Small daughter insisted on looking up to see the inscription on this tower which says that "King Charles stood on this tower Sept 24, 1646, and saw his army defeated at Rowton Moor".  It seems incredible to think that you'd be able to see that far when you look around at the buildings in the city now!

If you look closely at this picture, you can see a blue tit sitting amongst the branches.  He was almost close enough to touch, not in the least bit bothered by the people walking past.

This dovecote is actually in a car park, so the birds are obviously used to existing alongside people.

It's not surprising that there's wildlife in the city centre; there are lots of green spaces like this one not far from the cathedral.

I like the way that the cathedral itself is surrounded by other buildings, a part of the city's daily life and not stuck out on a limb somewhere.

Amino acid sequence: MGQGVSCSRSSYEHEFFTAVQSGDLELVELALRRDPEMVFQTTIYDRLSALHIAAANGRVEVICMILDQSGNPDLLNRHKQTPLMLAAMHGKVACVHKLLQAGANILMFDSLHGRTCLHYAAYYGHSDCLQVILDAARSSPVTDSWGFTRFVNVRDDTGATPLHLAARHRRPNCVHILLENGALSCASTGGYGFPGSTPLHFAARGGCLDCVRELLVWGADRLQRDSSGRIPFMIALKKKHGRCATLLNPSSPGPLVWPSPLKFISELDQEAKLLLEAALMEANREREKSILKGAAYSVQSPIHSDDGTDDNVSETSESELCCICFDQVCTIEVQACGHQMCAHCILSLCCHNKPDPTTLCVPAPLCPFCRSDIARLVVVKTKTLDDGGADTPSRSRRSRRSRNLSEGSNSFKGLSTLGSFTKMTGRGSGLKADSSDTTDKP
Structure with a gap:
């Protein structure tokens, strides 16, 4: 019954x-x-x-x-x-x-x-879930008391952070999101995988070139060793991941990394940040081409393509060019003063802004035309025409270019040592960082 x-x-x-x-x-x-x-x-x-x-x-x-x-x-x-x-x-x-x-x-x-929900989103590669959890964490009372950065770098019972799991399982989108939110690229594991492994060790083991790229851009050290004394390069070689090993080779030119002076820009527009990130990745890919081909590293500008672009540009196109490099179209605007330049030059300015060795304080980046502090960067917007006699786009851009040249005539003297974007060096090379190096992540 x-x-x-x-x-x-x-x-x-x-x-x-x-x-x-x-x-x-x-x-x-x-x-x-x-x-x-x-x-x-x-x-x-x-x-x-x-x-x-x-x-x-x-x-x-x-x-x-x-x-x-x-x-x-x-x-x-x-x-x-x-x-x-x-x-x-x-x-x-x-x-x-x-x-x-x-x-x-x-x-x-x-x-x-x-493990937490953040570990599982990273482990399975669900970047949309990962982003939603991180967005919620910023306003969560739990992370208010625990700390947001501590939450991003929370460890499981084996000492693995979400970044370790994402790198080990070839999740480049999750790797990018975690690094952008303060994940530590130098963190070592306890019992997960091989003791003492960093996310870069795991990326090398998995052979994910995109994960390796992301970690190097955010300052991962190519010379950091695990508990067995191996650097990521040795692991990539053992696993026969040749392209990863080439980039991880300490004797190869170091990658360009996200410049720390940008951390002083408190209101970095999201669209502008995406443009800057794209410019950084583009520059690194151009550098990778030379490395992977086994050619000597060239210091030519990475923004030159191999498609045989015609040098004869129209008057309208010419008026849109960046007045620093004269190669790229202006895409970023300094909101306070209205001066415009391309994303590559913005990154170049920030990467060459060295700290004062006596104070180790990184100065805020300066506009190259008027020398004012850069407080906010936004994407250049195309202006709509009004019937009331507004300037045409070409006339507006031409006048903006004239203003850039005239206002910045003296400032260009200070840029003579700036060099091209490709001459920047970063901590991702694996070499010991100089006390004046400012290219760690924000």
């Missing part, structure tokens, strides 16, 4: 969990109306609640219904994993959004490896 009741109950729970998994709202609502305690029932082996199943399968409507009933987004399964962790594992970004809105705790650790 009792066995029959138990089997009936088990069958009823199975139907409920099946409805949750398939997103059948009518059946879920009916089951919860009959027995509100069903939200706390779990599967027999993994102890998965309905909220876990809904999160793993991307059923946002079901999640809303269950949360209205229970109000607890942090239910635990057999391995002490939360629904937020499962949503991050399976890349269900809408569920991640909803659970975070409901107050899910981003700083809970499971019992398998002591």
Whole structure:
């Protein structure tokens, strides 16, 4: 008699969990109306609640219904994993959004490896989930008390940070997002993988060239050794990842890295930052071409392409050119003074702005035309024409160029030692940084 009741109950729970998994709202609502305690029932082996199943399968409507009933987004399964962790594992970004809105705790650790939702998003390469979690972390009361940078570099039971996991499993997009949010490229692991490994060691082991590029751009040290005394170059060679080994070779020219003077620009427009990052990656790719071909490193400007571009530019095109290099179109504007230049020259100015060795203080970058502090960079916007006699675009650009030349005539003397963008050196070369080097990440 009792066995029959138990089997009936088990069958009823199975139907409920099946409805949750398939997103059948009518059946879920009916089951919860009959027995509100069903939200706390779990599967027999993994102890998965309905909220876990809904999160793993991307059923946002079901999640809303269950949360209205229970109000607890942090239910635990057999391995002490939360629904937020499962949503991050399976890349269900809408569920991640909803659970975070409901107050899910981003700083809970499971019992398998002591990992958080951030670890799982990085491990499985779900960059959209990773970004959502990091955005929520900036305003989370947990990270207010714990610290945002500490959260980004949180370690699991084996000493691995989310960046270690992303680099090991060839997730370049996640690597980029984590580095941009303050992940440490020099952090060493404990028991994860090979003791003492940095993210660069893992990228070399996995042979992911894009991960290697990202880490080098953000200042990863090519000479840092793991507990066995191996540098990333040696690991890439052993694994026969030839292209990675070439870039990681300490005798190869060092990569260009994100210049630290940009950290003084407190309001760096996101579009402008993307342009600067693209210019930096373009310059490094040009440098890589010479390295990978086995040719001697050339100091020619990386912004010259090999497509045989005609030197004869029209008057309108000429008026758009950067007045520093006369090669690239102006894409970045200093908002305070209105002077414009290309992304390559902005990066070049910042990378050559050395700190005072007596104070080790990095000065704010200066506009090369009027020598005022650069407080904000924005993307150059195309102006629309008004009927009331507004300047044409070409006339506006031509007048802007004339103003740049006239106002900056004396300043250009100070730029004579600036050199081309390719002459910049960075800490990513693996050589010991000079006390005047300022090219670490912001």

The cathedral is a beautiful building made of warm, red sandstone.  It's free to get in, although they do ask for a donation towards the building's upkeep, and it's well worth a visit.

This notice outside the cathedral's separate bell tower made us laugh - we wondered if any husbands had not been collected!

As we approached the clock tower, one of Chester's most famous sights, there were grumblings from children about needing lunch.